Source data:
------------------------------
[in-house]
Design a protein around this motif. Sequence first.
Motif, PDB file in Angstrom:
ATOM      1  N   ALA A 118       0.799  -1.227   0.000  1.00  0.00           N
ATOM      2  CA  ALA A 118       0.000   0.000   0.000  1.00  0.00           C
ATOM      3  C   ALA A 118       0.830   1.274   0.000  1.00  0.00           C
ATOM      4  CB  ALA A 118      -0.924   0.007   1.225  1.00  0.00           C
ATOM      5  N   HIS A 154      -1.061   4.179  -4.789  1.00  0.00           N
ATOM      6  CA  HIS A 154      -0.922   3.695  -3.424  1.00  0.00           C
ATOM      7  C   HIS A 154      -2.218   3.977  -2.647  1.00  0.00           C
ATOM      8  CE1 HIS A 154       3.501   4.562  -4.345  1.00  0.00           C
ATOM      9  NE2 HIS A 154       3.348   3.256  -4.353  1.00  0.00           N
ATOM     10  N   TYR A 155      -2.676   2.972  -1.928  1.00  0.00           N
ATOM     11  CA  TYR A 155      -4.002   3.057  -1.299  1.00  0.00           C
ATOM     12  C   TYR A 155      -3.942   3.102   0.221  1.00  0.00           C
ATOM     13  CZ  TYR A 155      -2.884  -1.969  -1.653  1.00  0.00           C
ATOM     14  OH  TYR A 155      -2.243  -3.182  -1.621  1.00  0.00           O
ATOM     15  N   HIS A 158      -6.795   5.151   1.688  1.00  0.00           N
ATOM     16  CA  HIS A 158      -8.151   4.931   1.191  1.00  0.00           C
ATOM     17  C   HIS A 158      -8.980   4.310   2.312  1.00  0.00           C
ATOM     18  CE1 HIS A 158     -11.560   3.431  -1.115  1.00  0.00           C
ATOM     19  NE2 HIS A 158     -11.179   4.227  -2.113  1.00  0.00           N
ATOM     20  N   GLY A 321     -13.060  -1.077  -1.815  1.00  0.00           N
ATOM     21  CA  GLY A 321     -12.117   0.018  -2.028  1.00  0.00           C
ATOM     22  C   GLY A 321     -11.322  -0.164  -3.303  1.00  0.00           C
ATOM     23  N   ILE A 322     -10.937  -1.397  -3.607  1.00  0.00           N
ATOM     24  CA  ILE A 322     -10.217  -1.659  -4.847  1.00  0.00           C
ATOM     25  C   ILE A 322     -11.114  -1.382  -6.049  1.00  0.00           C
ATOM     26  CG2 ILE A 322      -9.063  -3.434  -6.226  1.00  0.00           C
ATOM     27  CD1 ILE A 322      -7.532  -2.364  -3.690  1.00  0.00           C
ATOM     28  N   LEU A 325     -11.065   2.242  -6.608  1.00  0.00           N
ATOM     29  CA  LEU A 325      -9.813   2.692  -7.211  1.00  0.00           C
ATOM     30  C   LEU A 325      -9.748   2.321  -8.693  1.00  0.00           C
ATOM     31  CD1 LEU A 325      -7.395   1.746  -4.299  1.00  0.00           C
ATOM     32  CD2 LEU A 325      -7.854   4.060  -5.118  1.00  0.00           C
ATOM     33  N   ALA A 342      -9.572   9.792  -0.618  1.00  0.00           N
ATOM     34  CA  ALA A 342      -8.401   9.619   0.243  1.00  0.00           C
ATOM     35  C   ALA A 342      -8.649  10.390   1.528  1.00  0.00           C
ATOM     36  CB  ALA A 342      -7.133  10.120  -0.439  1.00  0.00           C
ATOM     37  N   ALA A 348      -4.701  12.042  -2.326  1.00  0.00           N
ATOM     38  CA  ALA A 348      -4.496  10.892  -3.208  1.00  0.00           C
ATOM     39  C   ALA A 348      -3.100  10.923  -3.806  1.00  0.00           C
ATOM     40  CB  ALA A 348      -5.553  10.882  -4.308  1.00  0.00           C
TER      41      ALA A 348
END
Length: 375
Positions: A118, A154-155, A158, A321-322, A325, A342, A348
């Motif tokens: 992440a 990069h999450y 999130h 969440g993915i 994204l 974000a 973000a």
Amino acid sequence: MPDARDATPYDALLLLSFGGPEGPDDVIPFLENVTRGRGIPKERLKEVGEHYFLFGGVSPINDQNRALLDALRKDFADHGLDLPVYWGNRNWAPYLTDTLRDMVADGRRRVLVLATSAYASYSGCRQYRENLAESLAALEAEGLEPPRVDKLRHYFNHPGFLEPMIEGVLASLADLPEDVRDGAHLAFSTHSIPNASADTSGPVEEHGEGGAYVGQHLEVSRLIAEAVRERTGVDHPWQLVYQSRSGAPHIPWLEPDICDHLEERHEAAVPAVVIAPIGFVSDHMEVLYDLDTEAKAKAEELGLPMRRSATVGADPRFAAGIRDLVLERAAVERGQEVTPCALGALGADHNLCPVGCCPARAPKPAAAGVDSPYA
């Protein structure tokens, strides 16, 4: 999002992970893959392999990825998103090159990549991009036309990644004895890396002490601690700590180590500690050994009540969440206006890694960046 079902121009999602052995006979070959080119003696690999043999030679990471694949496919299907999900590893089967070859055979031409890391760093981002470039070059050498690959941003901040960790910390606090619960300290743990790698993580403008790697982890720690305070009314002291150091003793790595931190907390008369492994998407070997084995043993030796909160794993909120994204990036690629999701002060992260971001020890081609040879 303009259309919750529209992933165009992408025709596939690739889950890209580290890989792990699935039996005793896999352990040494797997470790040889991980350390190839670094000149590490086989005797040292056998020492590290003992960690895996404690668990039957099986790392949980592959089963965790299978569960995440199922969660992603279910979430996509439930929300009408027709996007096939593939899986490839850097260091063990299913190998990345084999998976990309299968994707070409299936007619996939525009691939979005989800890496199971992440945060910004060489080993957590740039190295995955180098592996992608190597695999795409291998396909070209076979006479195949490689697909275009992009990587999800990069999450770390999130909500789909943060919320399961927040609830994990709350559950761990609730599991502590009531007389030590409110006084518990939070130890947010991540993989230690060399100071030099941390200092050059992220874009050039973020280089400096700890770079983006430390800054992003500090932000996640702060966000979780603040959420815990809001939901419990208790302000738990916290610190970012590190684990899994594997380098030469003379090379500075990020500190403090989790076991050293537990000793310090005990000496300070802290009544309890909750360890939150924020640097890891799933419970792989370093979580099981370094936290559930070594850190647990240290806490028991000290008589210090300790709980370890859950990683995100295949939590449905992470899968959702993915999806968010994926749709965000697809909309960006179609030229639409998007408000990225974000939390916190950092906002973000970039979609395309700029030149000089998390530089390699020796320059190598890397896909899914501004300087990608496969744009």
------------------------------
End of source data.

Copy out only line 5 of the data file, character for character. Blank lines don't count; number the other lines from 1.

ATOM      2  CA  ALA A 118       0.000   0.000   0.000  1.00  0.00           C